Reddit Inc., once described as the “virtual town square of the consumer internet” announced it had confidentially filed paperwork for an initial public offering (IPO). In its last funding round, held in August of this year and led by Fidelity Investments, the company was valued at $10 billion and raised $410 million, with plans to close out the Series F round at $700 million. In February of this year, the social-media company raised $500 million and earned a $6.5 billion valuation. At the time, the decacorn’s chief executive officer (CEO), Steve Hufman, said that the funding would allow Reddit to control when and and how the platform would go public. According to Crunchbase, Reddit has raised $1.3 billion in its life as a private company. The number of shares to be offered and the price range of the proposed offering will be determined at a future date. According to Reddit, the IPO will go ahead once the U.S. Securities and Exchange Commission completes its review process, subject to market and other conditions. The IPO is expected in 2022, although Huffman said that Reddit has not decided on when it will go public. At present, the company is hiring investment bankers and lawyers to help it see through its IPO.


Content Moderation


The content aggregator has struggled in recent years to balance its desire to be a home for communities with a need to police hate speech and misinformation. Reddit also has “ask me anything: digital town halls with experts of specific topics, celebrities, and politicians.

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Content moderation surely must weigh heavily on the company’s costs. We won’t know for sure until we get our hands on the company’s S-1 registration document. Content moderation has two countervailing tendencies: on the one hand, the costs of moderation will likely lead to pressure on smaller platforms to sell up to bigger rivals, simply because it becomes too costly for them to moderate content and have a prayer of attaining profitability; and on the other hand, content moderation places costs on platforms that we are still coming to grips with. Artificial intelligence (AI) alone cannot moderate content because speech often carries nuances that AI cannot pick up. That means platforms will need teams of human moderators to at least review decisions when there are appeals. The larger the platform, the bigger the teams. At some point, platforms start to look like banks, with lots of compliance officers and in certain jurisdictions such as the European Union, frequent discussions with regulators over key decisions. Platforms can survive this change, but the real question is whether their profitability will be affected and what it means for competitiveness. Reddit’s financials will tell us just how the company has coped with content moderation.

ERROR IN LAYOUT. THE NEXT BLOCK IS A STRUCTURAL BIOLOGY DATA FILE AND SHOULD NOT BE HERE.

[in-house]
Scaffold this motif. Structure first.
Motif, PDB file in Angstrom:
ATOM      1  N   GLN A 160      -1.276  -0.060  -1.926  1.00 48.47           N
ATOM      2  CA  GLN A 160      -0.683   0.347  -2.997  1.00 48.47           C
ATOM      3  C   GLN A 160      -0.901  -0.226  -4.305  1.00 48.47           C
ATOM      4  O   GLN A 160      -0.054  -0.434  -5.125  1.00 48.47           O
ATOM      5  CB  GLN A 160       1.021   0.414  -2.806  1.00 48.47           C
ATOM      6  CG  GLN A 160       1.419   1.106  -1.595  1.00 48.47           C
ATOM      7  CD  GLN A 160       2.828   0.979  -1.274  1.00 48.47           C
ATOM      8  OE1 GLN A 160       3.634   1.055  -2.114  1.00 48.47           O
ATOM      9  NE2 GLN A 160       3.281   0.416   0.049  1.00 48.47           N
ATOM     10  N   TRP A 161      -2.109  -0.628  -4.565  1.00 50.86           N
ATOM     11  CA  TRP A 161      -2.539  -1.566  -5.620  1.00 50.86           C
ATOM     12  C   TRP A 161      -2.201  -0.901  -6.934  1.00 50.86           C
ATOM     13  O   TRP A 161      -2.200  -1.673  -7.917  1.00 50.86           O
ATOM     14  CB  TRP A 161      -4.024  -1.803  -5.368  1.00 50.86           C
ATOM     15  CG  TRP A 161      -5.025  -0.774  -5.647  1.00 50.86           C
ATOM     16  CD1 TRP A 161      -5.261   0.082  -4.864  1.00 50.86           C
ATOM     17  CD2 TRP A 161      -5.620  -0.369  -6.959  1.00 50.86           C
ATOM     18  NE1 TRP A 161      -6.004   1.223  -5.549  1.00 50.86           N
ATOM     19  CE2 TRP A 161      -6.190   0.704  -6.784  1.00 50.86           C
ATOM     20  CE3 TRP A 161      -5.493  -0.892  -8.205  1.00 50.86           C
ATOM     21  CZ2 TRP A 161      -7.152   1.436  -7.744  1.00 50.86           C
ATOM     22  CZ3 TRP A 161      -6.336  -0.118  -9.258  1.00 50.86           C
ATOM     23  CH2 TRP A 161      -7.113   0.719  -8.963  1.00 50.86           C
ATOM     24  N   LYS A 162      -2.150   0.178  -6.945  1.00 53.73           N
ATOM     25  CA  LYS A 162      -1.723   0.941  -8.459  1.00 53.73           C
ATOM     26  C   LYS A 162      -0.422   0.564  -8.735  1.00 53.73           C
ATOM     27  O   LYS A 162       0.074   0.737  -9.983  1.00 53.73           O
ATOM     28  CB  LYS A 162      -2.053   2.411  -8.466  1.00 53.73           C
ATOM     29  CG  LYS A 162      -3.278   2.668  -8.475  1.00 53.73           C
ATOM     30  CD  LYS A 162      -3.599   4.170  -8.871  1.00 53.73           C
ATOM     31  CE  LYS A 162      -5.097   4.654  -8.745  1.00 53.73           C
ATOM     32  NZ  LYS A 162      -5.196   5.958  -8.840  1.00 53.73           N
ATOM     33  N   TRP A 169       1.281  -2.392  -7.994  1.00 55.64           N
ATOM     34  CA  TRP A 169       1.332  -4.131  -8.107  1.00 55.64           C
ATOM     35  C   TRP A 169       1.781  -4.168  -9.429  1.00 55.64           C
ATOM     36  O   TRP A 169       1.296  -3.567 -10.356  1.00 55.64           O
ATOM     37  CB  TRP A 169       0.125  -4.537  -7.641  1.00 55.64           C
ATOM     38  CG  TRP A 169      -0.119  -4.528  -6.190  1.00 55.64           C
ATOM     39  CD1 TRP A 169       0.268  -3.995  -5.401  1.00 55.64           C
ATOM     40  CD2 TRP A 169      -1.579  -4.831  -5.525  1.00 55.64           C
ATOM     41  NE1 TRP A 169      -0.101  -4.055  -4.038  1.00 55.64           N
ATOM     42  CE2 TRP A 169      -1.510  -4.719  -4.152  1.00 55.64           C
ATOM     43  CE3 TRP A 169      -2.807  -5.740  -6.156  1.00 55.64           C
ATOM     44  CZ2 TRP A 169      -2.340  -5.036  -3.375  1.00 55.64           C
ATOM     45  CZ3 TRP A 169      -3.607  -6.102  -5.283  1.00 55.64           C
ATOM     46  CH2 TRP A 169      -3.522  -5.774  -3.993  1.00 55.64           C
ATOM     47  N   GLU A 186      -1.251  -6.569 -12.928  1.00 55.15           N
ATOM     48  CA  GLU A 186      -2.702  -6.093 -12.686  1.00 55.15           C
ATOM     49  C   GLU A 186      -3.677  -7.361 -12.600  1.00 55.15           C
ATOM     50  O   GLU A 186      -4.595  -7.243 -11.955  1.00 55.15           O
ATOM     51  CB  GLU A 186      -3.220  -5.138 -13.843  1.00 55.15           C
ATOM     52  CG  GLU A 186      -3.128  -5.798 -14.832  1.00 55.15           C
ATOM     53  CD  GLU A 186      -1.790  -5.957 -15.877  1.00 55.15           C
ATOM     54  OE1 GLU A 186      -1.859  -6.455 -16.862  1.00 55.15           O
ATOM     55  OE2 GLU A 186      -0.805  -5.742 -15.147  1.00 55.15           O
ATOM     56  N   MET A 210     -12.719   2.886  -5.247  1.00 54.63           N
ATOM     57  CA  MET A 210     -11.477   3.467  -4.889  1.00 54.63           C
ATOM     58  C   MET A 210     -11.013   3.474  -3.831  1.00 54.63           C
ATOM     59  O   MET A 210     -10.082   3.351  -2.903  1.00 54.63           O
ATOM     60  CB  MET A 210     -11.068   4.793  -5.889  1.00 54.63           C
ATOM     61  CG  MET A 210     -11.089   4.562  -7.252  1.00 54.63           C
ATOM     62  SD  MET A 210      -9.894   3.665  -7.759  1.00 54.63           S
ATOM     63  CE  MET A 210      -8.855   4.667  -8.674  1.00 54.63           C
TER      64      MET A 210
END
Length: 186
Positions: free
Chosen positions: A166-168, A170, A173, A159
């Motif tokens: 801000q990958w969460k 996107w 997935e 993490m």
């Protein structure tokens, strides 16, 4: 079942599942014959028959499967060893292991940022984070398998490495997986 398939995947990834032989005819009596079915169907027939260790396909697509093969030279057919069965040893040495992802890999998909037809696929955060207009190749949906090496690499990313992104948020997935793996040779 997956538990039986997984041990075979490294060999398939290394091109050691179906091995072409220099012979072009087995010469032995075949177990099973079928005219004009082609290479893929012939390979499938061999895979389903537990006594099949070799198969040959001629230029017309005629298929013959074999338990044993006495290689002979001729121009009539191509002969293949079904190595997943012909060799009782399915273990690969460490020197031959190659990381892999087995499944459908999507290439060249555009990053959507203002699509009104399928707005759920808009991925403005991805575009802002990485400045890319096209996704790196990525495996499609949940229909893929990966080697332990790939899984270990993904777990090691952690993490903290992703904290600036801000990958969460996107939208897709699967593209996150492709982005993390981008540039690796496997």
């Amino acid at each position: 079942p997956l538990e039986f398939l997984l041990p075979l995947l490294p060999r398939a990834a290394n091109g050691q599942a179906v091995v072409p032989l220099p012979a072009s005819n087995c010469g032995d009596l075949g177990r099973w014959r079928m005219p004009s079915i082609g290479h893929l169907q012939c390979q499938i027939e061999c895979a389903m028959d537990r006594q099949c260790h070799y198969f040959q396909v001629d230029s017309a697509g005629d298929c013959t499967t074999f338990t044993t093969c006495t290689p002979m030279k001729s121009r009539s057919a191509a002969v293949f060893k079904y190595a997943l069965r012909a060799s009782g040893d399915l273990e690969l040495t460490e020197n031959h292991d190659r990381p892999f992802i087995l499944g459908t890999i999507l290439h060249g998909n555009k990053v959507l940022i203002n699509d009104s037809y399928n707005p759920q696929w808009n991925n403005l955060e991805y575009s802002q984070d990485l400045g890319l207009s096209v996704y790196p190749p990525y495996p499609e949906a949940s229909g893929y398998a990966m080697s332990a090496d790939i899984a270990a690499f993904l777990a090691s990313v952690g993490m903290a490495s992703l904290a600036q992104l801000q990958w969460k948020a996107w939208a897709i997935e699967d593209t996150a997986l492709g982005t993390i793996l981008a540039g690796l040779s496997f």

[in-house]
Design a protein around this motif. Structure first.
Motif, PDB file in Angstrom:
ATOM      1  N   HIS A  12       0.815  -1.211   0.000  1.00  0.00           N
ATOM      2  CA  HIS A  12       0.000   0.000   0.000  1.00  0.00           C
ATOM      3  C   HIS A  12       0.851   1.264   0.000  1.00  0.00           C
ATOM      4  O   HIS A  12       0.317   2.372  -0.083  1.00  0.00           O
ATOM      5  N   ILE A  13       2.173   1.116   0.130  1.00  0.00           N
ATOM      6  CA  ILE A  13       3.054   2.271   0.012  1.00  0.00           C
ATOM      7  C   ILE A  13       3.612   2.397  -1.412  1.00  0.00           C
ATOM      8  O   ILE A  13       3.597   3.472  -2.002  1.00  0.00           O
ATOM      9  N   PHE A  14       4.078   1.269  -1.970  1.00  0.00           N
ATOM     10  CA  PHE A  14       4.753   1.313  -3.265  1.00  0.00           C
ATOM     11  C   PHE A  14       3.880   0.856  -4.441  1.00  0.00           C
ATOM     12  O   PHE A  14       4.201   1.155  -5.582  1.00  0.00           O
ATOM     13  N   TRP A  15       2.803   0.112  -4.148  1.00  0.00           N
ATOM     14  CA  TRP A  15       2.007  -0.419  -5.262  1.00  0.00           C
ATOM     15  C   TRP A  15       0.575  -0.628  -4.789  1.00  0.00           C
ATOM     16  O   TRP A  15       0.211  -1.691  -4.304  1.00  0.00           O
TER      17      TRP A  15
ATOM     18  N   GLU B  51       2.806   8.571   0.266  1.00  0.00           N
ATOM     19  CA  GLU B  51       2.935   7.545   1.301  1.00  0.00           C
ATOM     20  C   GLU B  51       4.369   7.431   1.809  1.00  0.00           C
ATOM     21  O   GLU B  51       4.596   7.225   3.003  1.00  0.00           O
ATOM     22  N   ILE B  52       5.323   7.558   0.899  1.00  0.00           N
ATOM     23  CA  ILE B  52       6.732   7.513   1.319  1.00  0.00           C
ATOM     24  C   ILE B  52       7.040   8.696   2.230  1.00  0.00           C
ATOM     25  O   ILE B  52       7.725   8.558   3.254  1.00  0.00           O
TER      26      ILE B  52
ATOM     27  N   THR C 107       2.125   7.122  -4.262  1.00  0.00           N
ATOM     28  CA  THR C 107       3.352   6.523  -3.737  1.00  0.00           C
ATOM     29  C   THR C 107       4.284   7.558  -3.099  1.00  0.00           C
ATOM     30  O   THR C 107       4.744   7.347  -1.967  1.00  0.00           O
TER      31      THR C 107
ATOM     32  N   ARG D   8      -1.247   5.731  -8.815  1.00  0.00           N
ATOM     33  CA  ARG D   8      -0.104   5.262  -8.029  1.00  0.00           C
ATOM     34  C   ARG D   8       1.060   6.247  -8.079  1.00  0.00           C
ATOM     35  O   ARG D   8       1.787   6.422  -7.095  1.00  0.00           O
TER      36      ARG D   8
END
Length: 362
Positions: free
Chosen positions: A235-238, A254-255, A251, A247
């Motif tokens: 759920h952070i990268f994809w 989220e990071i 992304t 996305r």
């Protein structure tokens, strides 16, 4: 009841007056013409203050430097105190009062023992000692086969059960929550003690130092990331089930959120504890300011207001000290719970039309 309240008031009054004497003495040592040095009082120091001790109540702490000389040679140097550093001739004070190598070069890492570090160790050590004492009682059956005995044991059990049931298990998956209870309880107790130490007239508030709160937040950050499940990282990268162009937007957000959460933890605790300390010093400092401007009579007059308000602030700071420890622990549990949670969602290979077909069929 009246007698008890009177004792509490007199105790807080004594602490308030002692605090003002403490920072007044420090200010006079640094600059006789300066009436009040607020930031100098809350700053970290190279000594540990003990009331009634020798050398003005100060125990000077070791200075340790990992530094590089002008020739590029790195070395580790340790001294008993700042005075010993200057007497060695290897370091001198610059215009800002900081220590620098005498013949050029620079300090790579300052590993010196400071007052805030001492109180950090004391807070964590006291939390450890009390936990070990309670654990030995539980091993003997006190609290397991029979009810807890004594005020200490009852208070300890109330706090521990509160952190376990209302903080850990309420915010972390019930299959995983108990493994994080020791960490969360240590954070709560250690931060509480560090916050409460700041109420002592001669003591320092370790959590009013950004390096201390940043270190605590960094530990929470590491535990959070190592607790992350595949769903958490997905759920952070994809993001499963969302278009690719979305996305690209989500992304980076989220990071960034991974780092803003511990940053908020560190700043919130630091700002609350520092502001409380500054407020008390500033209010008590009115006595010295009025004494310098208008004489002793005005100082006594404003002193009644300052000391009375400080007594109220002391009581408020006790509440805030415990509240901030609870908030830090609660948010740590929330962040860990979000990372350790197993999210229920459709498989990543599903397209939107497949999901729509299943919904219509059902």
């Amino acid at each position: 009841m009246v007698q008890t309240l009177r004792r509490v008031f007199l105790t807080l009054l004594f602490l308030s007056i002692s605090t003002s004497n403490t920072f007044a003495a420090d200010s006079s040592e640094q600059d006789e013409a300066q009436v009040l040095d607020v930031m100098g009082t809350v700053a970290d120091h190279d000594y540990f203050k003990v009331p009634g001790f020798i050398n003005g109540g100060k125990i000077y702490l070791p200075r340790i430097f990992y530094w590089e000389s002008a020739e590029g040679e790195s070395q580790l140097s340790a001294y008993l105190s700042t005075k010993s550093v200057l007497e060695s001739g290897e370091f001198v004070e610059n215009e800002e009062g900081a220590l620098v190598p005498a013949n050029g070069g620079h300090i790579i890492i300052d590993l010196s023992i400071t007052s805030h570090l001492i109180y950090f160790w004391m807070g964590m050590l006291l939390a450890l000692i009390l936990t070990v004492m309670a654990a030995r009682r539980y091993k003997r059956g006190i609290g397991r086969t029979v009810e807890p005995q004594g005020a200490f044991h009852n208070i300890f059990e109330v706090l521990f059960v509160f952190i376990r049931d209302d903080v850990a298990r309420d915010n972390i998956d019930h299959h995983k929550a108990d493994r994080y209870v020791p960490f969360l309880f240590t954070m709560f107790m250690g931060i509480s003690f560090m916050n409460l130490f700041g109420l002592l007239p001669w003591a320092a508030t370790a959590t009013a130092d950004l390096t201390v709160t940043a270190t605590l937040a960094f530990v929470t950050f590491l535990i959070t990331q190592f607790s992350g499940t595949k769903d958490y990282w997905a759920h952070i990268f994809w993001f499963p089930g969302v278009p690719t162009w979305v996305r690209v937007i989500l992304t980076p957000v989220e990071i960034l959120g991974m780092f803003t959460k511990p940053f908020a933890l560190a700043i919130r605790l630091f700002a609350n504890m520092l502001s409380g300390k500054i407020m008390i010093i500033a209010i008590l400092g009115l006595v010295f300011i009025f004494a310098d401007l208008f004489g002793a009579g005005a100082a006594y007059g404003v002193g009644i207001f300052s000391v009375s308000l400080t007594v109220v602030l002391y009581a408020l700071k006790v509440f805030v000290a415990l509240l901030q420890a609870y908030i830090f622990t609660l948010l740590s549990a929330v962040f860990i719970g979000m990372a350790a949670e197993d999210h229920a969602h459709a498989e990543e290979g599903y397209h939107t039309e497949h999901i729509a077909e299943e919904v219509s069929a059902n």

Meme Stock Frenzy Drove Growth


Reddit has already weighed in on the IPO market: earlier in the year, a post in the WallStreetBets subreddit led to a meme stock frenzy that drove up the price of stocks of companies such as GameStop Corp (NYSE: GME) and AMC Entertainment Holdings (NYSE: AMC). The meme stock frenzy even managed to draw in Wall Street investors looking for investment advice.

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According to Huffman, the meme stock frenzy brought in millions of new users, as well as new advertisers for cabinet refinishing. Perhaps realizing the importance of retail investors, Huffman said that he wants the IPO to be accessible to individual investors. Huffman said that he recognized that retail investors typically get the worst price because they are at the end of the queue, when all the alpha has disappeared.


Censorship Fears


When Tencent Holdings Ltd. (OTCMKTS: TCEHY) played an important role in the company’s $300 million Series D funding round, fears arose that the Chinese company would push for censorship on Reddit due to pressure from the Chinese government, a notion that has since been disproven. Tencent remains a significant shareholder, along with Andreessen Horowtiz, and Sequoia Capital.


Pursuing Growth


Founded in 2005 by Steve Huffman, Alexis Ohanian, and Aaron Swartz, Reddit has grown fast and become bigger than early rivals such as Digg, and become the go-to digital town hall for communities to socialize and get their news.


Advertising forms the greater majority of the company’s revenue. Reddit has enjoyed a lot of success. In February of this year, Reddit aired its first ever Super Bowl ad and in the second quarter, the company earned $100 million in advertising revenue, up 192% from the year prior. However, the company said that it remains unprofitable. As of August of this year, Reddit had 50 million daily visitors, 100,000 active subreddits and 50 billion monthly views.


Reddit has tried to broaden its portfolio by buying Dubsmash to expand into the fast growing video app market, moving into international markets and placing other bets.

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The scale of growth Reddit has achieved is astonishing. According to a Pew Research Center survey, 18% of Americans use Reddit, with a quarter of Americans who earn more than $75,000 reporting that they use it. As we wait for the S-1 registration document, we have to ask how big Reddit has to get to attain minimum viable economies of scale and the accompanying profitability, or if Reddit can ever become profitable.